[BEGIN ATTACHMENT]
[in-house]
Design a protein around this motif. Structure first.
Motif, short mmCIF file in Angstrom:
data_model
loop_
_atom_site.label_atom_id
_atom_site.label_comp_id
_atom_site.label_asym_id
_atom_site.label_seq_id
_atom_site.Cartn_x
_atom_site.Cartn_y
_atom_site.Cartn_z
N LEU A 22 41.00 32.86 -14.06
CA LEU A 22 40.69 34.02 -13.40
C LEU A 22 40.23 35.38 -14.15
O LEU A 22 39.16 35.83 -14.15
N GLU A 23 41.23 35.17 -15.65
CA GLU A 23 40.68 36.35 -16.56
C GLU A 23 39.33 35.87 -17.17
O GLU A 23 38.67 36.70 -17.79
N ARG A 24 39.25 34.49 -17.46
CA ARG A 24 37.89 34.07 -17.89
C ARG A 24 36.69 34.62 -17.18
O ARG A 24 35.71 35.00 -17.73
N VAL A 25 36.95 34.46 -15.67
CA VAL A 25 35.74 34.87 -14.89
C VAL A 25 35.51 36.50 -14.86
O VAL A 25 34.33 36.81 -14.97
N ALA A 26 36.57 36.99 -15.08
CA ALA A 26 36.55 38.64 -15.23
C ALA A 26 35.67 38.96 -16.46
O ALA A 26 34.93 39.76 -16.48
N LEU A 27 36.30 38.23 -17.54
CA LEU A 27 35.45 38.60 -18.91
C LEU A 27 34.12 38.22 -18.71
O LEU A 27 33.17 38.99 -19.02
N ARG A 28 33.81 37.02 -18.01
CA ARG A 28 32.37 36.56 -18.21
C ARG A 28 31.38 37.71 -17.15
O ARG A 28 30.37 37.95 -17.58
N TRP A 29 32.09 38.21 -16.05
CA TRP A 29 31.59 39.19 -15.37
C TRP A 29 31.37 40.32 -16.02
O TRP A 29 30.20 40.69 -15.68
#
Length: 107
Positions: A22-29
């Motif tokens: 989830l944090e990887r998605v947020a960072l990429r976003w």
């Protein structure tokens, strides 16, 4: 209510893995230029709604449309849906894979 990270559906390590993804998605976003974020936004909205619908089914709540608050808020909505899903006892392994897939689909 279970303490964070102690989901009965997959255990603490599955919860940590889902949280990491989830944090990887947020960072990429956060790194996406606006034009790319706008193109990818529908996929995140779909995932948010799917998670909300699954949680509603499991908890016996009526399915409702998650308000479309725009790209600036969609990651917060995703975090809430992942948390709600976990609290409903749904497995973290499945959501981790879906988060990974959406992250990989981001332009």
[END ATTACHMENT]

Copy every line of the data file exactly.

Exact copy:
[in-house]
Design a protein around this motif. Structure first.
Motif, short mmCIF file in Angstrom:
data_model
loop_
_atom_site.label_atom_id
_atom_site.label_comp_id
_atom_site.label_asym_id
_atom_site.label_seq_id
_atom_site.Cartn_x
_atom_site.Cartn_y
_atom_site.Cartn_z
N LEU A 22 41.00 32.86 -14.06
CA LEU A 22 40.69 34.02 -13.40
C LEU A 22 40.23 35.38 -14.15
O LEU A 22 39.16 35.83 -14.15
N GLU A 23 41.23 35.17 -15.65
CA GLU A 23 40.68 36.35 -16.56
C GLU A 23 39.33 35.87 -17.17
O GLU A 23 38.67 36.70 -17.79
N ARG A 24 39.25 34.49 -17.46
CA ARG A 24 37.89 34.07 -17.89
C ARG A 24 36.69 34.62 -17.18
O ARG A 24 35.71 35.00 -17.73
N VAL A 25 36.95 34.46 -15.67
CA VAL A 25 35.74 34.87 -14.89
C VAL A 25 35.51 36.50 -14.86
O VAL A 25 34.33 36.81 -14.97
N ALA A 26 36.57 36.99 -15.08
CA ALA A 26 36.55 38.64 -15.23
C ALA A 26 35.67 38.96 -16.46
O ALA A 26 34.93 39.76 -16.48
N LEU A 27 36.30 38.23 -17.54
CA LEU A 27 35.45 38.60 -18.91
C LEU A 27 34.12 38.22 -18.71
O LEU A 27 33.17 38.99 -19.02
N ARG A 28 33.81 37.02 -18.01
CA ARG A 28 32.37 36.56 -18.21
C ARG A 28 31.38 37.71 -17.15
O ARG A 28 30.37 37.95 -17.58
N TRP A 29 32.09 38.21 -16.05
CA TRP A 29 31.59 39.19 -15.37
C TRP A 29 31.37 40.32 -16.02
O TRP A 29 30.20 40.69 -15.68
#
Length: 107
Positions: A22-29
């Motif tokens: 989830l944090e990887r998605v947020a960072l990429r976003w």
């Protein structure tokens, strides 16, 4: 209510893995230029709604449309849906894979 990270559906390590993804998605976003974020936004909205619908089914709540608050808020909505899903006892392994897939689909 279970303490964070102690989901009965997959255990603490599955919860940590889902949280990491989830944090990887947020960072990429956060790194996406606006034009790319706008193109990818529908996929995140779909995932948010799917998670909300699954949680509603499991908890016996009526399915409702998650308000479309725009790209600036969609990651917060995703975090809430992942948390709600976990609290409903749904497995973290499945959501981790879906988060990974959406992250990989981001332009």